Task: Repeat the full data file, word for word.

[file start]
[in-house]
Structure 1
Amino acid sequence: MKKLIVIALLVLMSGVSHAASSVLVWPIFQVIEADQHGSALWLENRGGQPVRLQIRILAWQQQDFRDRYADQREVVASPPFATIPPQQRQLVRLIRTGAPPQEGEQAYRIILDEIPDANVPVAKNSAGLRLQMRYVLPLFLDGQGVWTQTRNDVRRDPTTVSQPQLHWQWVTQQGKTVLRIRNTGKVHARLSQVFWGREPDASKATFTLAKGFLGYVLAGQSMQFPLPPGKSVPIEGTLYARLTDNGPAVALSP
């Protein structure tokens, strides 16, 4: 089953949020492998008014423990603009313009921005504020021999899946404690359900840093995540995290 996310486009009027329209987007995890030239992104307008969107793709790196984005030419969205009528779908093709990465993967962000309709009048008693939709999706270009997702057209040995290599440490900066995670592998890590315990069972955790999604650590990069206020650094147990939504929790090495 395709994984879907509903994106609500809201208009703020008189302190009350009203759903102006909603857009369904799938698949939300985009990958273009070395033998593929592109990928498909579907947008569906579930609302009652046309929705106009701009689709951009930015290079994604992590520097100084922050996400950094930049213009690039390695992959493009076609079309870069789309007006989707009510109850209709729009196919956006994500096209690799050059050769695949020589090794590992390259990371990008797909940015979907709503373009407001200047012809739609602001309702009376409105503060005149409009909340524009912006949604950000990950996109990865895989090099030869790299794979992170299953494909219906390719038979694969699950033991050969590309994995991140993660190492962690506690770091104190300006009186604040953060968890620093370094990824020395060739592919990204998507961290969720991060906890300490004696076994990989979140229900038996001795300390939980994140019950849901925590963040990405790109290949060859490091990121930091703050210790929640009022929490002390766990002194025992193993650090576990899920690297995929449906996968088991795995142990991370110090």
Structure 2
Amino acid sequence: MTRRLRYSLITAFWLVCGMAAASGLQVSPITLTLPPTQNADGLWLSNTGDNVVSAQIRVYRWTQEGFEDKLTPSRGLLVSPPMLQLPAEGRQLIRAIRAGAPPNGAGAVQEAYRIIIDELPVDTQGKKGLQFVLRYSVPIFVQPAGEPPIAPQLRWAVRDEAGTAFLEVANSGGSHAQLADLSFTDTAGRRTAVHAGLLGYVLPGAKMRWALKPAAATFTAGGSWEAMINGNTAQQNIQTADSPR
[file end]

[in-house]
Structure 1
Amino acid sequence: MKKLIVIALLVLMSGVSHAASSVLVWPIFQVIEADQHGSALWLENRGGQPVRLQIRILAWQQQDFRDRYADQREVVASPPFATIPPQQRQLVRLIRTGAPPQEGEQAYRIILDEIPDANVPVAKNSAGLRLQMRYVLPLFLDGQGVWTQTRNDVRRDPTTVSQPQLHWQWVTQQGKTVLRIRNTGKVHARLSQVFWGREPDASKATFTLAKGFLGYVLAGQSMQFPLPPGKSVPIEGTLYARLTDNGPAVALSP
């Protein structure tokens, strides 16, 4: 089953949020492998008014423990603009313009921005504020021999899946404690359900840093995540995290 996310486009009027329209987007995890030239992104307008969107793709790196984005030419969205009528779908093709990465993967962000309709009048008693939709999706270009997702057209040995290599440490900066995670592998890590315990069972955790999604650590990069206020650094147990939504929790090495 395709994984879907509903994106609500809201208009703020008189302190009350009203759903102006909603857009369904799938698949939300985009990958273009070395033998593929592109990928498909579907947008569906579930609302009652046309929705106009701009689709951009930015290079994604992590520097100084922050996400950094930049213009690039390695992959493009076609079309870069789309007006989707009510109850209709729009196919956006994500096209690799050059050769695949020589090794590992390259990371990008797909940015979907709503373009407001200047012809739609602001309702009376409105503060005149409009909340524009912006949604950000990950996109990865895989090099030869790299794979992170299953494909219906390719038979694969699950033991050969590309994995991140993660190492962690506690770091104190300006009186604040953060968890620093370094990824020395060739592919990204998507961290969720991060906890300490004696076994990989979140229900038996001795300390939980994140019950849901925590963040990405790109290949060859490091990121930091703050210790929640009022929490002390766990002194025992193993650090576990899920690297995929449906996968088991795995142990991370110090």
Structure 2
Amino acid sequence: MTRRLRYSLITAFWLVCGMAAASGLQVSPITLTLPPTQNADGLWLSNTGDNVVSAQIRVYRWTQEGFEDKLTPSRGLLVSPPMLQLPAEGRQLIRAIRAGAPPNGAGAVQEAYRIIIDELPVDTQGKKGLQFVLRYSVPIFVQPAGEPPIAPQLRWAVRDEAGTAFLEVANSGGSHAQLADLSFTDTAGRRTAVHAGLLGYVLPGAKMRWALKPAAATFTAGGSWEAMINGNTAQQNIQTADSPR